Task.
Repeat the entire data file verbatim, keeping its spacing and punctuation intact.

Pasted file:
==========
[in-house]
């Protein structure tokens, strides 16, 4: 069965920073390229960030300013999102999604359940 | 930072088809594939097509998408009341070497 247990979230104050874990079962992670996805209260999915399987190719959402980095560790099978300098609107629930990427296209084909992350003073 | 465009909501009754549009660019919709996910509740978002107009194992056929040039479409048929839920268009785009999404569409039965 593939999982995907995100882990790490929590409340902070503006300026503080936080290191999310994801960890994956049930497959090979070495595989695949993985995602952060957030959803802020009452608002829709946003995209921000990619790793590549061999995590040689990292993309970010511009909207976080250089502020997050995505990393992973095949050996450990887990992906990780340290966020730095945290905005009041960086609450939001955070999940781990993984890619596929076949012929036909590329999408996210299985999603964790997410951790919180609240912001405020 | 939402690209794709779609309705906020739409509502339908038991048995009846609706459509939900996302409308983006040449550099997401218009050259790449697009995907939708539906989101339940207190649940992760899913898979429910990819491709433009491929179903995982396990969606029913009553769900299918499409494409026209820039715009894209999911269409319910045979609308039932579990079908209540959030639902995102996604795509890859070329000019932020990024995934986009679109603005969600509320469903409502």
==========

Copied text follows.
[in-house]
């Protein structure tokens, strides 16, 4: 069965920073390229960030300013999102999604359940 | 930072088809594939097509998408009341070497 247990979230104050874990079962992670996805209260999915399987190719959402980095560790099978300098609107629930990427296209084909992350003073 | 465009909501009754549009660019919709996910509740978002107009194992056929040039479409048929839920268009785009999404569409039965 593939999982995907995100882990790490929590409340902070503006300026503080936080290191999310994801960890994956049930497959090979070495595989695949993985995602952060957030959803802020009452608002829709946003995209921000990619790793590549061999995590040689990292993309970010511009909207976080250089502020997050995505990393992973095949050996450990887990992906990780340290966020730095945290905005009041960086609450939001955070999940781990993984890619596929076949012929036909590329999408996210299985999603964790997410951790919180609240912001405020 | 939402690209794709779609309705906020739409509502339908038991048995009846609706459509939900996302409308983006040449550099997401218009050259790449697009995907939708539906989101339940207190649940992760899913898979429910990819491709433009491929179903995982396990969606029913009553769900299918499409494409026209820039715009894209999911269409319910045979609308039932579990079908209540959030639902995102996604795509890859070329000019932020990024995934986009679109603005969600509320469903409502």